Program Structure

  • Award Types: Associate of Applied Science, Certificate Level 1
  • Pathway: Health Sciences
  • Semesters: The program begins each fall semester and spans six semesters, combining lectures with lab practices at the Coleman College for Health Sciences campus.
Featured School

Penn Foster College – Online Sterile Processing Technician Certification

Take the first steps towards a career as a sterile processing technician with Penn Foster’s Sterile Processing Career Diploma. As a student in the program, you’ll be prepared to sit for the Certified Registered Central Service Technician (CRCST) exam through the Healthcare Sterile Processing Association (HSPA). Call 1-800-851-1819 today.

Job Growth Outlook and Salary Expectations

In Texas, Sterile Processing Technicians, also known as Medical Equipment Preparers, earn an average annual wage of $38,830, which is slightly below the national average of $41,480. The salary range in Texas varies from $30,820 at the lower end (10th percentile) to $54,210 at the higher end (90th percentile), indicating a range of earnings that can be influenced by factors such as regional cost of living, experience, and specific job location within the state.

National vs. Texas Salaries for Sterile Processing Technicians

Percentile United States Texas
10% $31,570 $30,820
25% $36,240 $35,570
50% (Median) $41,480 $38,830
75% $50,300 $46,740
90% $62,960 $54,210

Salaries by Region in Texas

Region 10% 25% Median 75% 90%
Amarillo, TX $31,680 $31,680 $32,590 $38,760 $42,900
Austin-Round Rock, TX $36,260 $36,810 $44,040 $47,250 $59,090
Beaumont-Port Arthur, TX $28,800 $28,800 $34,620 $41,180 $54,170

Medical Equipment Preparers Employment Trends in Texas

The employment outlook for Medical Equipment Preparers in Texas is notably positive. According to the data from Projections Central (2020-2030), this field is expected to experience an 18% growth over the decade, which is significantly higher than the national average growth rate.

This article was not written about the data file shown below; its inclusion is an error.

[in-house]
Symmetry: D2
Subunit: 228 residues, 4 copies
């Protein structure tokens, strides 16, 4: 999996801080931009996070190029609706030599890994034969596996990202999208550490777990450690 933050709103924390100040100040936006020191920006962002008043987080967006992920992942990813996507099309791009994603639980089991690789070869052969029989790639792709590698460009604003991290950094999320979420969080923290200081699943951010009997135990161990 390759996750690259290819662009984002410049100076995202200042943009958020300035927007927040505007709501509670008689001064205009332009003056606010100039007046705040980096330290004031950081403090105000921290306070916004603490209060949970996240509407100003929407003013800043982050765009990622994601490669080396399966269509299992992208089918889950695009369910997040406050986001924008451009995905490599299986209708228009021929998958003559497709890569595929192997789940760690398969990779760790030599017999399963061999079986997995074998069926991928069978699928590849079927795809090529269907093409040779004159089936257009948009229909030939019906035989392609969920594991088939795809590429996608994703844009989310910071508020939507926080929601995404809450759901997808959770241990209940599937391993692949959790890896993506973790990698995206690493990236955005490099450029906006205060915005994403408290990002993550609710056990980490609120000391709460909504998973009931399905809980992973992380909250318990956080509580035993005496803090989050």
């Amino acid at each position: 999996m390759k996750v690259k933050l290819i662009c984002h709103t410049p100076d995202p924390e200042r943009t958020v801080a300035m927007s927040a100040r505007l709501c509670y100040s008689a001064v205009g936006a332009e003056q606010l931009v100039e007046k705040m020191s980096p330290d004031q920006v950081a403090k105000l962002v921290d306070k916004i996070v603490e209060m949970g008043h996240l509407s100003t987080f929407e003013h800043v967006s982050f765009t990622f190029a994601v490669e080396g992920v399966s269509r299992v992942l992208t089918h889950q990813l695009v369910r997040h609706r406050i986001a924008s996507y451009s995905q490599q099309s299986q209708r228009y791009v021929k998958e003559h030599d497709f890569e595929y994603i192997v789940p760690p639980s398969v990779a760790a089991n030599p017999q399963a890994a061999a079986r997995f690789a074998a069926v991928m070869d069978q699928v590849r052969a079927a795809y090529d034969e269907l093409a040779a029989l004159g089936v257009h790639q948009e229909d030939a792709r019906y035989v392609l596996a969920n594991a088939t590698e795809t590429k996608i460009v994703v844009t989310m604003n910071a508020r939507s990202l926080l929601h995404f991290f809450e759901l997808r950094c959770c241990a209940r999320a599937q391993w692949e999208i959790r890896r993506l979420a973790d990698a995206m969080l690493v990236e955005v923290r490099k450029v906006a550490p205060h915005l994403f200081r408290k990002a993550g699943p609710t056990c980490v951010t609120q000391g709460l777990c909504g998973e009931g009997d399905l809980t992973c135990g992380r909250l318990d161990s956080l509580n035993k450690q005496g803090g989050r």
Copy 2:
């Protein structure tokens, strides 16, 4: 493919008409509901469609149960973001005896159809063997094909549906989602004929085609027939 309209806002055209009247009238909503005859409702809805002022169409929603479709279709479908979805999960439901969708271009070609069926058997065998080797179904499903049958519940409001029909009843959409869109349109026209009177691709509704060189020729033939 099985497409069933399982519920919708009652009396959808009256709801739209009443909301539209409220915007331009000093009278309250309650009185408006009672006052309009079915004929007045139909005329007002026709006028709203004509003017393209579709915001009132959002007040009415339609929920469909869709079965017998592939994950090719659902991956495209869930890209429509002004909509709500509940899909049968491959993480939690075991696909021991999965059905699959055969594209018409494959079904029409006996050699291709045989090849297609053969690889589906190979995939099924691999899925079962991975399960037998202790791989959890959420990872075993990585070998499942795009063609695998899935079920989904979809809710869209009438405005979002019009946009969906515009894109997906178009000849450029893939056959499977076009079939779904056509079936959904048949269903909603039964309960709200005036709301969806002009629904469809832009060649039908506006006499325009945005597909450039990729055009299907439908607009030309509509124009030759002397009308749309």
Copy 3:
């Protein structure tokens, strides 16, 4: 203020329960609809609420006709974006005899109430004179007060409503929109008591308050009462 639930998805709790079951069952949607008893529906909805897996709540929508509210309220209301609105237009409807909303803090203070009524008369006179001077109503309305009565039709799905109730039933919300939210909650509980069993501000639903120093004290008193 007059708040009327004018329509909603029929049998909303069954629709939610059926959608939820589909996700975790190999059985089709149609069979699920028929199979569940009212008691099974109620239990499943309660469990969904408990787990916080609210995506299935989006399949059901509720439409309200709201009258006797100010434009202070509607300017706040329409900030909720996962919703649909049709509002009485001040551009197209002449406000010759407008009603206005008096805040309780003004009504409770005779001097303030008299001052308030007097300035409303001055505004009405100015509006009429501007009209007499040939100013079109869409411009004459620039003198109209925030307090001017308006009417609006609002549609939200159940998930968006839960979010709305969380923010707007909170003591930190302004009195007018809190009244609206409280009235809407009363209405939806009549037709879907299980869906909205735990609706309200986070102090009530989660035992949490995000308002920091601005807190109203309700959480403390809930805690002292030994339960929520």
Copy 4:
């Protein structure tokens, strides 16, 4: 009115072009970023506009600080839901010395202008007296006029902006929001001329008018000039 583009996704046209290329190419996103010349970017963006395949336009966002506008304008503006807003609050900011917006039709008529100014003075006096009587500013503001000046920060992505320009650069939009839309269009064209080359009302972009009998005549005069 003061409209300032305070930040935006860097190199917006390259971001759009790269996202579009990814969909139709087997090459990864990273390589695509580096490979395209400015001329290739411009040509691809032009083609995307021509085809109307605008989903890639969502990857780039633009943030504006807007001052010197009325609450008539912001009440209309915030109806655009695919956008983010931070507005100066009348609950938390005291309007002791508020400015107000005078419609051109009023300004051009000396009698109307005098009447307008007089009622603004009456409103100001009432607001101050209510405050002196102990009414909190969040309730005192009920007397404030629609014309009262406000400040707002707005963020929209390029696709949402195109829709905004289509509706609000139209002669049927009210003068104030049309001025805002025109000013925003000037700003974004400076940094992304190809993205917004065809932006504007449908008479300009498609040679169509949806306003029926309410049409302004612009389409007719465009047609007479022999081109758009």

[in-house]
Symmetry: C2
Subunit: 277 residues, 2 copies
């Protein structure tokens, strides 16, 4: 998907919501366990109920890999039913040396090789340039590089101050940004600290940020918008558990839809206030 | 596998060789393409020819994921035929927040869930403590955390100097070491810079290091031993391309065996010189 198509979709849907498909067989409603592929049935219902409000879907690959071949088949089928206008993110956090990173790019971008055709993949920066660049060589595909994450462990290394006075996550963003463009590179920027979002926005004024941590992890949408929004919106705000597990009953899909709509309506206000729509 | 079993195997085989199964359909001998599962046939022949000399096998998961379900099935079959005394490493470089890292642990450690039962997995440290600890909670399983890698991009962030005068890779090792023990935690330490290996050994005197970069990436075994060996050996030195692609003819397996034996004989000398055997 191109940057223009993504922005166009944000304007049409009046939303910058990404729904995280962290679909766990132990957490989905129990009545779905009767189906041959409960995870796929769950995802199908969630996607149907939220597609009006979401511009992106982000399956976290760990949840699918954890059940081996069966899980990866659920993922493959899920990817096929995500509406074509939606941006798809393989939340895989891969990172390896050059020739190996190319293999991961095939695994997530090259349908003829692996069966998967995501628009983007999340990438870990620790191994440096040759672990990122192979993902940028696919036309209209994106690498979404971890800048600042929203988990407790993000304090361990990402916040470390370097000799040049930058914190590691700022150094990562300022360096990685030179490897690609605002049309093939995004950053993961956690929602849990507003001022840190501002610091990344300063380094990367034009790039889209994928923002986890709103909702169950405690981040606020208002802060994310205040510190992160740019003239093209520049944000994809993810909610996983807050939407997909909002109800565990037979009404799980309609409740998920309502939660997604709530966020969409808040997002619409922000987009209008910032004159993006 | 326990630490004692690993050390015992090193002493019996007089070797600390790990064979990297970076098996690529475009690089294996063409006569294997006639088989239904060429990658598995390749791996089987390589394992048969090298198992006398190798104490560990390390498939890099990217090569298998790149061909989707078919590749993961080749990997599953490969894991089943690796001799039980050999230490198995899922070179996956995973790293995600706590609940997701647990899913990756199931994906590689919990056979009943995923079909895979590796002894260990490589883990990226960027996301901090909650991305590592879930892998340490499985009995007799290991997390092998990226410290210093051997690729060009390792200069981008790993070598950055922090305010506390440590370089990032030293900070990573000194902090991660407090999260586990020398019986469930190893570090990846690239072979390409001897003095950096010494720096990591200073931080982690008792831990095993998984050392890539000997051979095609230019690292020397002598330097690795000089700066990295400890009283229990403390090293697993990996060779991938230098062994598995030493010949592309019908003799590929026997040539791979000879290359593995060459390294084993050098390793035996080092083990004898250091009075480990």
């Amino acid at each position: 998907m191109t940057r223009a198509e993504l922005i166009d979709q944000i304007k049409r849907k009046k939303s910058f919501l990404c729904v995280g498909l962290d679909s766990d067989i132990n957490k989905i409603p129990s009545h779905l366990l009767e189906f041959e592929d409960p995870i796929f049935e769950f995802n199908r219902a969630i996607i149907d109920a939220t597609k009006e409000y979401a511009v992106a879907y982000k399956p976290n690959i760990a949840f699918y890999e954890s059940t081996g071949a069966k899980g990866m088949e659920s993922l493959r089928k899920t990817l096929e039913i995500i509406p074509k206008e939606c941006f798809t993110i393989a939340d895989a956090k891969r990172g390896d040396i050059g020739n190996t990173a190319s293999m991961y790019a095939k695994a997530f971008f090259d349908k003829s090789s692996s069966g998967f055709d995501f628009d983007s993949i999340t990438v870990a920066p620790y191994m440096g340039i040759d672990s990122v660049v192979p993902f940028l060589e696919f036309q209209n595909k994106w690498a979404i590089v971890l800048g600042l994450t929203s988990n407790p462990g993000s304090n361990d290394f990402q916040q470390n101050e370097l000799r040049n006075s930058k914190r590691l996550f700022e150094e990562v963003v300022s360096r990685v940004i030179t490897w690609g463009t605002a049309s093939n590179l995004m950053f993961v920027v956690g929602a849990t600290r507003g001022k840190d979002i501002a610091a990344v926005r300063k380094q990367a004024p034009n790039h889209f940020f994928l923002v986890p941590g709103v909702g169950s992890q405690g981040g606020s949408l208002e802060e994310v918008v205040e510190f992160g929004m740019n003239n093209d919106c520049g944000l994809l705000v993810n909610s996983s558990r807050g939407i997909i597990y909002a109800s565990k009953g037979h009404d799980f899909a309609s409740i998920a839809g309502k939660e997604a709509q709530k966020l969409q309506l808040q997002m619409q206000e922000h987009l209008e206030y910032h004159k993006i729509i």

In 2020, there were approximately 3,450 employees working as Medical Equipment Preparers in Texas. This number is projected to increase to 4,080 by 2030. The substantial growth rate indicates a robust demand for these professionals in Texas’s healthcare sector.

Additionally, there are projected to be 520 annual job openings in Texas from 2020 to 2030. These openings are expected to arise due to both new job growth and the need to replace workers who leave the field.

Nationally, the employment for Medical Equipment Preparers is projected to grow by 5% from 2022 to 2032, with 9,500 projected annual job openings.

Employment Trends

Category Texas (2020-2030) United States (2022-2032)
Employment (Start of Period) 3,450 employees 66,700 employees
Projected Employment (End of Period) 4,080 employees 70,300 employees
Projected Growth 18% 5%
Projected Annual Job Openings 520 9,500

Sources of Data:

  • For Texas-specific data, the source is Projections Central, which offers state-level long-term projections for the period from 2020 to 2030.
  • For the national data, the source is the U.S. Bureau of Labor Statistics (BLS), which provides federal-level employment projections for the period from 2022 to 2032.

Working as a Sterile Processing Technician in Texas

Working as a Sterile Processing Technician in Texas presents a highly promising career opportunity, especially given the state’s robust job market growth in this field. With an impressive projected growth rate of 18% from 2020 to 2030, significantly higher than the national average, Texas offers a vibrant environment for professionals in this sector. Sterile Processing Technicians in Texas play a crucial role in the healthcare system, ensuring the sterilization and readiness of medical equipment, which is vital for patient safety and effective medical procedures. The state’s healthcare industry’s growing demand for these technicians is reflected in the projected 520 annual job openings, offering ample opportunities for employment and career advancement in a critical and rewarding healthcare role.